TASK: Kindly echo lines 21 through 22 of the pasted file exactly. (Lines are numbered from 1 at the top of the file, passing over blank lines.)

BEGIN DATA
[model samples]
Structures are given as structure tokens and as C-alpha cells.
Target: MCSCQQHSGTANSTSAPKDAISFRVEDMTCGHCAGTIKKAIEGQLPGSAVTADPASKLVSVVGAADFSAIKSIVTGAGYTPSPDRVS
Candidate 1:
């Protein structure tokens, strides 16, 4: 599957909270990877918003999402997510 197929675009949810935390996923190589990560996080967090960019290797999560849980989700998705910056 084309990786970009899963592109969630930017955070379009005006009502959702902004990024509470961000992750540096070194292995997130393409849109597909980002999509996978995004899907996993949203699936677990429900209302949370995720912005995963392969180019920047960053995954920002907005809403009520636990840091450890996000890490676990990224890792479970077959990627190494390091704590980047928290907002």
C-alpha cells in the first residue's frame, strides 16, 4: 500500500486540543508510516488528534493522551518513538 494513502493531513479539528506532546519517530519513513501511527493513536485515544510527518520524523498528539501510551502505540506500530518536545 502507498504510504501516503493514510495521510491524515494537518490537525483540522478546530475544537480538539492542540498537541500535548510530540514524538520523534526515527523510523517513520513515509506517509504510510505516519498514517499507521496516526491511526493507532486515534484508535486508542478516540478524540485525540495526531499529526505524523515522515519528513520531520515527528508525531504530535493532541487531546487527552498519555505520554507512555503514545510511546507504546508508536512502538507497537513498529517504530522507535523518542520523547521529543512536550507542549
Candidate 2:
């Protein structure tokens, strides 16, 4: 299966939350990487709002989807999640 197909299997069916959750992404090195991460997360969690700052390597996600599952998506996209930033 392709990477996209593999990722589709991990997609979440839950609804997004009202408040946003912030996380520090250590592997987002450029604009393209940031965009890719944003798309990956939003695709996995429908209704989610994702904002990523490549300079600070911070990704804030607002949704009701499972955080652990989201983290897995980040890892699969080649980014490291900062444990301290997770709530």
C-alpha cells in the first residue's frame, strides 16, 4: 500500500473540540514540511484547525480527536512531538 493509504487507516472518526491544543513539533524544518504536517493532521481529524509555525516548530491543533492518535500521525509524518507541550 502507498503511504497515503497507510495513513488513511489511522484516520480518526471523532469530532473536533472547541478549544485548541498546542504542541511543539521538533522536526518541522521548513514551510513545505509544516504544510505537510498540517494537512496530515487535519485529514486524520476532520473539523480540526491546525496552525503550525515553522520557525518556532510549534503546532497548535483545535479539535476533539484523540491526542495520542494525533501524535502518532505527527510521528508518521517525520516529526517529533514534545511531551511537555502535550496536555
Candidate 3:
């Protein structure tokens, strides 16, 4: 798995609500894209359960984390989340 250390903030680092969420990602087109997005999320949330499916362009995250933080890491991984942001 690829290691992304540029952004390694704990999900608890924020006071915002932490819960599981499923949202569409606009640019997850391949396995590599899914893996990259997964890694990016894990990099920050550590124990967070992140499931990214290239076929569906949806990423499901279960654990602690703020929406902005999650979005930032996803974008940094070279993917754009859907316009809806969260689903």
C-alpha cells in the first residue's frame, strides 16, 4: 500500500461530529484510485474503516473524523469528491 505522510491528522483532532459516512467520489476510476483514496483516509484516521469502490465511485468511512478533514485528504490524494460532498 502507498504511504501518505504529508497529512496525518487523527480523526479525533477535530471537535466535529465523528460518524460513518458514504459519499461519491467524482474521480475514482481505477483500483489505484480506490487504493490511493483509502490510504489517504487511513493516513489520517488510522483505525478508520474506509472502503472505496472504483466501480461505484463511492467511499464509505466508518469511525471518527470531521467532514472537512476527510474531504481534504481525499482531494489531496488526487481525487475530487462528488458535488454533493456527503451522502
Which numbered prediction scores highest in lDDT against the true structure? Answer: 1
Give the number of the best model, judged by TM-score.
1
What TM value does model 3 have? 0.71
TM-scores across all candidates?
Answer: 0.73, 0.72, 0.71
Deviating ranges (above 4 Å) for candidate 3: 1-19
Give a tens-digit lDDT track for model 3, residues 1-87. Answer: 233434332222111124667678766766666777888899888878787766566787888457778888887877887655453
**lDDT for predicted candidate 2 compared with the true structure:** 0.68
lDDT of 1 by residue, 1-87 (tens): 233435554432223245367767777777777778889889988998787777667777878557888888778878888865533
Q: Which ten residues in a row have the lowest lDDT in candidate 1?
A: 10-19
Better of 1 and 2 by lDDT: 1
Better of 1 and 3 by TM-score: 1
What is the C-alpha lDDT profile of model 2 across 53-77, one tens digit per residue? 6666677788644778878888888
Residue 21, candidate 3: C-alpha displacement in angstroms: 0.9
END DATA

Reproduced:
**lDDT for predicted candidate 2 compared with the true structure:** 0.68
lDDT of 1 by residue, 1-87 (tens): 233435554432223245367767777777777778889889988998787777667777878557888888778878888865533